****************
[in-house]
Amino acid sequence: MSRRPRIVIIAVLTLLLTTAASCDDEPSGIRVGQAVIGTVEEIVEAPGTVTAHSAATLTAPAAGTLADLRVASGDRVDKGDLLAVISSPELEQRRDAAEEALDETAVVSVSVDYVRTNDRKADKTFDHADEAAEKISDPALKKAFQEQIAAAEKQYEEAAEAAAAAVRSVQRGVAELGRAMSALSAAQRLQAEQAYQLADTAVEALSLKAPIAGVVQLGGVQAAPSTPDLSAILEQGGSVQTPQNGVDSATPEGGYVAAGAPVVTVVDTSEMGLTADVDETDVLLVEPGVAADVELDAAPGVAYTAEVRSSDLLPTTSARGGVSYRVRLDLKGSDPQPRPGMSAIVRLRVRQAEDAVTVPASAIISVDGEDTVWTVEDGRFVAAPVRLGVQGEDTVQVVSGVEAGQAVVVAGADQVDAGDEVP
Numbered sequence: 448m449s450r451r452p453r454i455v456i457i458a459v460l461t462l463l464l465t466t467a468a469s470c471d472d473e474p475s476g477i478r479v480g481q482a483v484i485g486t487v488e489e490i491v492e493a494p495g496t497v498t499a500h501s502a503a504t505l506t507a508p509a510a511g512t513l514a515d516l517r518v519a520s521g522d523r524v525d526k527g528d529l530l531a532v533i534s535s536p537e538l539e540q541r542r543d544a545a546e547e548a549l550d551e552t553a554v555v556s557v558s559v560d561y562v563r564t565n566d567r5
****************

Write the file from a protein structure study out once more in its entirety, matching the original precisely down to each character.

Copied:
[in-house]
Amino acid sequence: MSRRPRIVIIAVLTLLLTTAASCDDEPSGIRVGQAVIGTVEEIVEAPGTVTAHSAATLTAPAAGTLADLRVASGDRVDKGDLLAVISSPELEQRRDAAEEALDETAVVSVSVDYVRTNDRKADKTFDHADEAAEKISDPALKKAFQEQIAAAEKQYEEAAEAAAAAVRSVQRGVAELGRAMSALSAAQRLQAEQAYQLADTAVEALSLKAPIAGVVQLGGVQAAPSTPDLSAILEQGGSVQTPQNGVDSATPEGGYVAAGAPVVTVVDTSEMGLTADVDETDVLLVEPGVAADVELDAAPGVAYTAEVRSSDLLPTTSARGGVSYRVRLDLKGSDPQPRPGMSAIVRLRVRQAEDAVTVPASAIISVDGEDTVWTVEDGRFVAAPVRLGVQGEDTVQVVSGVEAGQAVVVAGADQVDAGDEVP
Numbered sequence: 448m449s450r451r452p453r454i455v456i457i458a459v460l461t462l463l464l465t466t467a468a469s470c471d472d473e474p475s476g477i478r479v480g481q482a483v484i485g486t487v488e489e490i491v492e493a494p495g496t497v498t499a500h501s502a503a504t505l506t507a508p509a510a511g512t513l514a515d516l517r518v519a520s521g522d523r524v525d526k527g528d529l530l531a532v533i534s535s536p537e538l539e540q541r542r543d544a545a546e547e548a549l550d551e552t553a554v555v556s557v558s559v560d561y562v563r564t565n566d567r5